Why Telcos Would Be Testing an Apple iTV Prototype

One day, Apple is purportedly sourcing parts suppliers for it rumored HDTV project. The next day, actual HDTV prototypes are in the hands of research labs in Canada. Such is the hurried development cycle of a product that currently lives only in rumorspace.
Indeed, no manufacturing challenge is too difficult for Apple when it’s working on a project that doesn’t officially exist.
According to the Canadian newspaper The Globe and Mail, telecom companies Rogers and Bell Canada have in their labs an early prototype of Apple’s rumored television set. Although the possibility of an honest-to-goodness prototype being tested is exciting, the idea that it’s being scrutinized by telco operators is actually the more interesting part of the report.
“Rumors that Apple’s television is in the hands of telcos suggest that they’ve decided to follow the Microsoft model, rather than creating the ‘Apple subscription experience,’” Forrester analyst James McQuivey said. With the Xbox, Microsoft teamed up with Comcast and other providers to push TV and cable services onto its gaming console. If The Globe and Mail‘s report is to be believed, Apple would be taking a similar approach with its TV, rather than providing an a la carte-style subscription service, a tack some have suggested Apple might follow.

“They’re looking for a partner. They’re looking for someone with wireless and broadband capabilities,” The Globe and Mail source said of Apple. Jefferies analyst Peter Misek suggested that in the U.S., the TV would likely arrive on AT&T and Verizon.
“This business model makes the most sense for Apple,” IHS analyst Jordan Selburn told Wired, saying the approach would let Apple completely integrate content from the operator, as well as iTunes. This strategy would also give operators the chance to dip their toes into the set-top box game, Selburn said, giving them “some way to jump on and monetize the video content train” popularized by devices like Roku, Apple TV and Boxee.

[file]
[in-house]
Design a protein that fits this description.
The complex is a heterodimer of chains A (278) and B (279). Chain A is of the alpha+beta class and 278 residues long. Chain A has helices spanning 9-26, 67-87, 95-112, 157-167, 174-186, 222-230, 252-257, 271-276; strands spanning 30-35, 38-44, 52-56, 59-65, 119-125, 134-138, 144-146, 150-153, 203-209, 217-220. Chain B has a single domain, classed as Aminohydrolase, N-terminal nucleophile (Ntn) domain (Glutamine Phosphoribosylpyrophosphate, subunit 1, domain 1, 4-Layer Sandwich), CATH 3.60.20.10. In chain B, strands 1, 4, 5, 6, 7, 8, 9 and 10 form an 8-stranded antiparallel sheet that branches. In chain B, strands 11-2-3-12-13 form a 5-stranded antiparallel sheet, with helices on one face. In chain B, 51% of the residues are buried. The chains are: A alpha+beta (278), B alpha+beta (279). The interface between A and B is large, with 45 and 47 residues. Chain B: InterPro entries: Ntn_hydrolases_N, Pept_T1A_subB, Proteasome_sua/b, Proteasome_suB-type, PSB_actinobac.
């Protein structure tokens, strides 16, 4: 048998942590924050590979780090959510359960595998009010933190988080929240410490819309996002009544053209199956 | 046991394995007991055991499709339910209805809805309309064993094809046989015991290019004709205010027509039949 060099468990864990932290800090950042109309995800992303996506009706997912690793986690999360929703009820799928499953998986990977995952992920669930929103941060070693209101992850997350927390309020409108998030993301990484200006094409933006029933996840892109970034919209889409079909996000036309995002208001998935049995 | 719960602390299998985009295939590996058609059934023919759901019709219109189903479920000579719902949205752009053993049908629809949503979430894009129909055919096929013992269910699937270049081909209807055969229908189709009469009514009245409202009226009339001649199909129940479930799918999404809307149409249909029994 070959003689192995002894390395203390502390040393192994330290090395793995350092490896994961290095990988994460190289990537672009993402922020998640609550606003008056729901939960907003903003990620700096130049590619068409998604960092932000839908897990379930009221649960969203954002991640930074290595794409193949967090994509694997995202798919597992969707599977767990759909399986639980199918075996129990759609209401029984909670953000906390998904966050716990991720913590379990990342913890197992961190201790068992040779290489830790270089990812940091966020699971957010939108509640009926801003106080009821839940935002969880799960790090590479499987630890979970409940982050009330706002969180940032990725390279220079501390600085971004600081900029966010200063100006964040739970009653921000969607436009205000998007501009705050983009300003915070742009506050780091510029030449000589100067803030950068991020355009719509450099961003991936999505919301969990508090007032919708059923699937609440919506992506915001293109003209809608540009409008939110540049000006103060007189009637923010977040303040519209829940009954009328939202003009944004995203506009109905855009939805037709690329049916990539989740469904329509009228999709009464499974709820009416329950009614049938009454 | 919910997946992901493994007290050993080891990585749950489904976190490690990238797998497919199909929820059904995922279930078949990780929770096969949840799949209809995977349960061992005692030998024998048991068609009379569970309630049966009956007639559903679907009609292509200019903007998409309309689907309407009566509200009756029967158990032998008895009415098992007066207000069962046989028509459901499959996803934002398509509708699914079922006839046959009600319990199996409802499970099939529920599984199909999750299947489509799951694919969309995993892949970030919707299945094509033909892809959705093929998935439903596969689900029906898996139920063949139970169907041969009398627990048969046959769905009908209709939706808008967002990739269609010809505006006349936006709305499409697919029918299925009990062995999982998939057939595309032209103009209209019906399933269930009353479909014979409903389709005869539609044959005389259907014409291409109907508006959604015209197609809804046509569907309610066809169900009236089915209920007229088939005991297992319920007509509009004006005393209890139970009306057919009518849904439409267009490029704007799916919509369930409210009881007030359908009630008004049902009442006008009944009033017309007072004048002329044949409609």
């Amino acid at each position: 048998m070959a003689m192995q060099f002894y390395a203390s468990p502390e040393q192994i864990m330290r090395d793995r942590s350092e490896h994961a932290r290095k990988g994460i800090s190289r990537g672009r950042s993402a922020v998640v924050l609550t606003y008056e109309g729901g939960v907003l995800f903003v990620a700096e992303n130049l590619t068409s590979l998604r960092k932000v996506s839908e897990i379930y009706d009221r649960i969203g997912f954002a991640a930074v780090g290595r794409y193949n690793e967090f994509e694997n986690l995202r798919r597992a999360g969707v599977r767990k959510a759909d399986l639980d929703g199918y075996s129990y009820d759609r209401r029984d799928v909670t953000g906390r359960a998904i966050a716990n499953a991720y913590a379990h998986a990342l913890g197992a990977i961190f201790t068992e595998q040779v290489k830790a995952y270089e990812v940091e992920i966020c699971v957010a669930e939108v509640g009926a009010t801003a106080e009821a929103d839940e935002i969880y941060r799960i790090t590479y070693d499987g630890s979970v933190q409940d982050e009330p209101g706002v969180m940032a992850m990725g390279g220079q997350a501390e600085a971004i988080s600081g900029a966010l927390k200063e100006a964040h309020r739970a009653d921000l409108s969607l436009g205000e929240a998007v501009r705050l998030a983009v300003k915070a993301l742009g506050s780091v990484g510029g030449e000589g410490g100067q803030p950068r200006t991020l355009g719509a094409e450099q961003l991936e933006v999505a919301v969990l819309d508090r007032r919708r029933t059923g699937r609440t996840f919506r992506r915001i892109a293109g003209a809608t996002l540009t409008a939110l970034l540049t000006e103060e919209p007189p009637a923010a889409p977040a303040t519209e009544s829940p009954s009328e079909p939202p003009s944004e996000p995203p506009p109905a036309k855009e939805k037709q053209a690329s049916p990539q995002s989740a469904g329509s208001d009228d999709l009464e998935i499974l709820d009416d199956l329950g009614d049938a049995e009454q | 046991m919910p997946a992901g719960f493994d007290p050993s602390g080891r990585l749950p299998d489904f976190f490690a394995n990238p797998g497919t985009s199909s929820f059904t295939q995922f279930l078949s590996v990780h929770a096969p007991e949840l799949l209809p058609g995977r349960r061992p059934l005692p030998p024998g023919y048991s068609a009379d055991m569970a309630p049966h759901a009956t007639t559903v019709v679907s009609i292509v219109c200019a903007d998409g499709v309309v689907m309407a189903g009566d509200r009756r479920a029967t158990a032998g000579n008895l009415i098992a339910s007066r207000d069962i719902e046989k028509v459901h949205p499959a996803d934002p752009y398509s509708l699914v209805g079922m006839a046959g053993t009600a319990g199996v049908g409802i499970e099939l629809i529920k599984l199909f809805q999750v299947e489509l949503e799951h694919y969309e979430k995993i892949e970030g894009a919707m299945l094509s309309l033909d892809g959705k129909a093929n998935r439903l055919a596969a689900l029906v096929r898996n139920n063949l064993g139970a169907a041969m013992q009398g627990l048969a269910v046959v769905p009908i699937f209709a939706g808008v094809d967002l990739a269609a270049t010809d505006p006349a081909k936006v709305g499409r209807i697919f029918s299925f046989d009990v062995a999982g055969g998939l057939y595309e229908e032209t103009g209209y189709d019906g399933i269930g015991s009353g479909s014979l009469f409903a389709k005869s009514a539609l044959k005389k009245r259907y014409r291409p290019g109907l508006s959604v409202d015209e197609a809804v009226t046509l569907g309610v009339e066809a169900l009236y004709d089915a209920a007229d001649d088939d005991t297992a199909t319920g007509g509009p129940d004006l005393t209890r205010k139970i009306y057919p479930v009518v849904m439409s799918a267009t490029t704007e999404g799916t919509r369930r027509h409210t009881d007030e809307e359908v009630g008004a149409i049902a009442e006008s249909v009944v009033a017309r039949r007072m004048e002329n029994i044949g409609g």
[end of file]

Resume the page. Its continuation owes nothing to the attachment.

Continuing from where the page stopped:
Yesterday, a leaked Best Buy survey queried potential buyers about their interest in an Apple-branded TV, fueling further speculation. Last week, a report had Apple reaching out to component suppliers to source the display and other parts for its television set. And these two most recent rumor tidbits follow even deeper speculation regarding the TV’s user experience, size and component suppliers.
As for the prototypes being tested in Canada, Selburn was a bit surprised. “You’d want to go with companies that have the most subscribers,” he said, calling out Comcast as an obvious partner. “Not AT&T and Verizon, or BC and Rogers. Apple doesn’t have a history of doing things in a small fashion.”
Whenever — if ever — Apple’s iTV does come out, it seems poised for success: Wall Street analysts think Apple could snatch up 5 percent of the entire HDTV market.
“The sheer mass of rumors over the past six months seems to indicate this is real,” Selburn said.